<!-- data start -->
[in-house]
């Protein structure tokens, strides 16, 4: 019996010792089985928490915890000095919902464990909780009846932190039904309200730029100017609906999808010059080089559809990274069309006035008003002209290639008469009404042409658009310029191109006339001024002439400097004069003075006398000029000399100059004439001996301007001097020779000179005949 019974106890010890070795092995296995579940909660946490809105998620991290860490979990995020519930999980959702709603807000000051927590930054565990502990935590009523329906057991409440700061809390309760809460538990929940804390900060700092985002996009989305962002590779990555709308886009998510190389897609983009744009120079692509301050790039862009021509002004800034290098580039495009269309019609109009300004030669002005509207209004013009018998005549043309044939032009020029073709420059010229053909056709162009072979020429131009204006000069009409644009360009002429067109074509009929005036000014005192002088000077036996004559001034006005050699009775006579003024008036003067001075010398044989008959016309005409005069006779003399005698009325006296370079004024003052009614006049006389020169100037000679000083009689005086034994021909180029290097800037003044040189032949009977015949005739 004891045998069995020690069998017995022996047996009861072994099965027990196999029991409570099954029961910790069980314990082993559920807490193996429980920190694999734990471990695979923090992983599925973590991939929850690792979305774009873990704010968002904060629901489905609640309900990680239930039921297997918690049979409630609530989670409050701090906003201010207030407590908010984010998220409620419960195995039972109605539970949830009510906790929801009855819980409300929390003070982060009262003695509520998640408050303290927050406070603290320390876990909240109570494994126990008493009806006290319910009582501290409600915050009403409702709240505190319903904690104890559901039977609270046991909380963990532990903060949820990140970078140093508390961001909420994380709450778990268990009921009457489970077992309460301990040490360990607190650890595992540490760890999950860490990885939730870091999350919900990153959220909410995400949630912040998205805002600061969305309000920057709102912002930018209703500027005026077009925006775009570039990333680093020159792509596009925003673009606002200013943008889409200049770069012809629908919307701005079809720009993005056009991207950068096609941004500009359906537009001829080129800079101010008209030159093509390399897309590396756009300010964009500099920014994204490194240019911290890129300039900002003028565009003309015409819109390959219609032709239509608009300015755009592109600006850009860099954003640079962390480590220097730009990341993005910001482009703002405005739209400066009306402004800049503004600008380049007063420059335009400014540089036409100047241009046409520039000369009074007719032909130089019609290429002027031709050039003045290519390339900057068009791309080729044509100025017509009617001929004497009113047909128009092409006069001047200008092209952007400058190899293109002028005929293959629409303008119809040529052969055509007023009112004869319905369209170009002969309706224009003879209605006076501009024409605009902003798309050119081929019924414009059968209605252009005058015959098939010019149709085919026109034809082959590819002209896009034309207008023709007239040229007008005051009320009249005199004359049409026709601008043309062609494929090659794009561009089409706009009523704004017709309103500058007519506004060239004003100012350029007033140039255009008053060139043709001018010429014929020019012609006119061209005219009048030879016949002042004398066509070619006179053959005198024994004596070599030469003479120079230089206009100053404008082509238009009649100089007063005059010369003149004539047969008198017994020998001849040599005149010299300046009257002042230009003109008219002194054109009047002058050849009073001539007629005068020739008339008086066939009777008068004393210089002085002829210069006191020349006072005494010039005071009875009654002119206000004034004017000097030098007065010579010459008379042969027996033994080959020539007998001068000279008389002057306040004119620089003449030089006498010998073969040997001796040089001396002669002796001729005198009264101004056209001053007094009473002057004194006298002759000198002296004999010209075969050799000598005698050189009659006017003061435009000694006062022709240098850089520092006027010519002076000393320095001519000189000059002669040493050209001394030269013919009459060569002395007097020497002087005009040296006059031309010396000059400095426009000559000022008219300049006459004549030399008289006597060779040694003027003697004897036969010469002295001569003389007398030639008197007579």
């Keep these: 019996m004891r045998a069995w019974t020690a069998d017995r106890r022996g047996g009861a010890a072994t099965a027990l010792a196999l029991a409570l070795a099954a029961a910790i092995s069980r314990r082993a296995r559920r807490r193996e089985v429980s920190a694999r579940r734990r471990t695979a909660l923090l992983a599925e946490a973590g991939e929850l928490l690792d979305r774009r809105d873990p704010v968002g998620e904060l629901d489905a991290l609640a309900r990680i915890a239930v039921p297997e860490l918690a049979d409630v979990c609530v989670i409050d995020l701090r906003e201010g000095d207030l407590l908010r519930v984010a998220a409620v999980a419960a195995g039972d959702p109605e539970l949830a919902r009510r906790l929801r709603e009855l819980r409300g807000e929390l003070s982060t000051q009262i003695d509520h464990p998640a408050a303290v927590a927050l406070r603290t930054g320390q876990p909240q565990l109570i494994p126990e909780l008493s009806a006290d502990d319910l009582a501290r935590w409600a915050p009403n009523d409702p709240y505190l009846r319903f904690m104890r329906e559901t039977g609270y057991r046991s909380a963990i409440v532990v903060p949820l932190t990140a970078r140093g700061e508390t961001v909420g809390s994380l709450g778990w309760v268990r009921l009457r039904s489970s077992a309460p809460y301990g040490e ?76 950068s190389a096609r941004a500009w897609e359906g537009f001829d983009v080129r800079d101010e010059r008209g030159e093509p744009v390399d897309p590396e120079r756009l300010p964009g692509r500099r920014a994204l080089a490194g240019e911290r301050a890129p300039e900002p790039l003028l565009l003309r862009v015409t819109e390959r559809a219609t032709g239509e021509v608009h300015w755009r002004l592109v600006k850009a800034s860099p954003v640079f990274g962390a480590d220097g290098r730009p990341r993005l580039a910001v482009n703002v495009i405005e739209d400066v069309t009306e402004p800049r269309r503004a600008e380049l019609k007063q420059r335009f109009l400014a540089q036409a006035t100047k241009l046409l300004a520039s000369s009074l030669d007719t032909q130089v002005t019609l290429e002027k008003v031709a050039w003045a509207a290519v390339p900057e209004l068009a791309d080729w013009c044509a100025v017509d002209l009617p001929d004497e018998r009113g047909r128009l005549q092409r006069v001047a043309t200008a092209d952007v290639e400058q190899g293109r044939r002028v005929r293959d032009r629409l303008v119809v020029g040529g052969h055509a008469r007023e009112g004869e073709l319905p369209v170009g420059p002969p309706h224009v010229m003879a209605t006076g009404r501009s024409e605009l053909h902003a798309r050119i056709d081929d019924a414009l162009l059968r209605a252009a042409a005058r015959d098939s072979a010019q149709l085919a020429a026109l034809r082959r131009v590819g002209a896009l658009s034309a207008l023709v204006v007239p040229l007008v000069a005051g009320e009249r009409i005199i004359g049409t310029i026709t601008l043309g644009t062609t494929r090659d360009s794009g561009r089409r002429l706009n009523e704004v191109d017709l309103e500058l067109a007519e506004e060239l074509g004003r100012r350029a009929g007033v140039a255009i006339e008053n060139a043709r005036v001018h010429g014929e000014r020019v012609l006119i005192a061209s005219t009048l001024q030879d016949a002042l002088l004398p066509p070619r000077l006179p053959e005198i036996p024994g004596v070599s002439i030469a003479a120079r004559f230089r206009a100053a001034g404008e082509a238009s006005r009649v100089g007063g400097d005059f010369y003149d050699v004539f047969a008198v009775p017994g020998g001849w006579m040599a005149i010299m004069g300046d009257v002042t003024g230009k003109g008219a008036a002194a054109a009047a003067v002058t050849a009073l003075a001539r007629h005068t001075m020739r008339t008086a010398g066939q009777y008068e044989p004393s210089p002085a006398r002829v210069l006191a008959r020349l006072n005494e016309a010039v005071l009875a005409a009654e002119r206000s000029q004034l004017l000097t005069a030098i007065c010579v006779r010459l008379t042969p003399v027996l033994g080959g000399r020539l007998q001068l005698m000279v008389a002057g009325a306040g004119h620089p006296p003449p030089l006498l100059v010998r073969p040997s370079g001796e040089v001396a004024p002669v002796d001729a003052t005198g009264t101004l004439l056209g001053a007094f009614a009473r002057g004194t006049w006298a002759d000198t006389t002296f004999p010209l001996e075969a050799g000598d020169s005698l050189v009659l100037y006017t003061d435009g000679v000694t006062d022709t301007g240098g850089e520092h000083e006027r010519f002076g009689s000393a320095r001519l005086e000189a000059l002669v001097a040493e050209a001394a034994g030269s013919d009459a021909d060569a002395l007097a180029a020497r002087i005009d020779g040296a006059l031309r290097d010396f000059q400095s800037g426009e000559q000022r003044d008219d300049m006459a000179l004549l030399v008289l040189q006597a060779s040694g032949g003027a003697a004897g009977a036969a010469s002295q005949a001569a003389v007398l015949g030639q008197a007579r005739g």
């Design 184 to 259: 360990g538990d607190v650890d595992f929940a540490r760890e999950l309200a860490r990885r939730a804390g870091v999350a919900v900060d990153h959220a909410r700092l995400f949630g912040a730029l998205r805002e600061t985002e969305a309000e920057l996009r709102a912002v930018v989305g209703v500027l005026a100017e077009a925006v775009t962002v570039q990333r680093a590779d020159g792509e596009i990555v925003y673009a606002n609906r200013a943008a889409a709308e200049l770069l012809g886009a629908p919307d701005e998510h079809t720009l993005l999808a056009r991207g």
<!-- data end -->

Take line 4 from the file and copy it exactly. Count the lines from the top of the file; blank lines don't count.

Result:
């Design 184 to 259: 360990g538990d607190v650890d595992f929940a540490r760890e999950l309200a860490r990885r939730a804390g870091v999350a919900v900060d990153h959220a909410r700092l995400f949630g912040a730029l998205r805002e600061t985002e969305a309000e920057l996009r709102a912002v930018v989305g209703v500027l005026a100017e077009a925006v775009t962002v570039q990333r680093a590779d020159g792509e596009i990555v925003y673009a606002n609906r200013a943008a889409a709308e200049l770069l012809g886009a629908p919307d701005e998510h079809t720009l993005l999808a056009r991207g």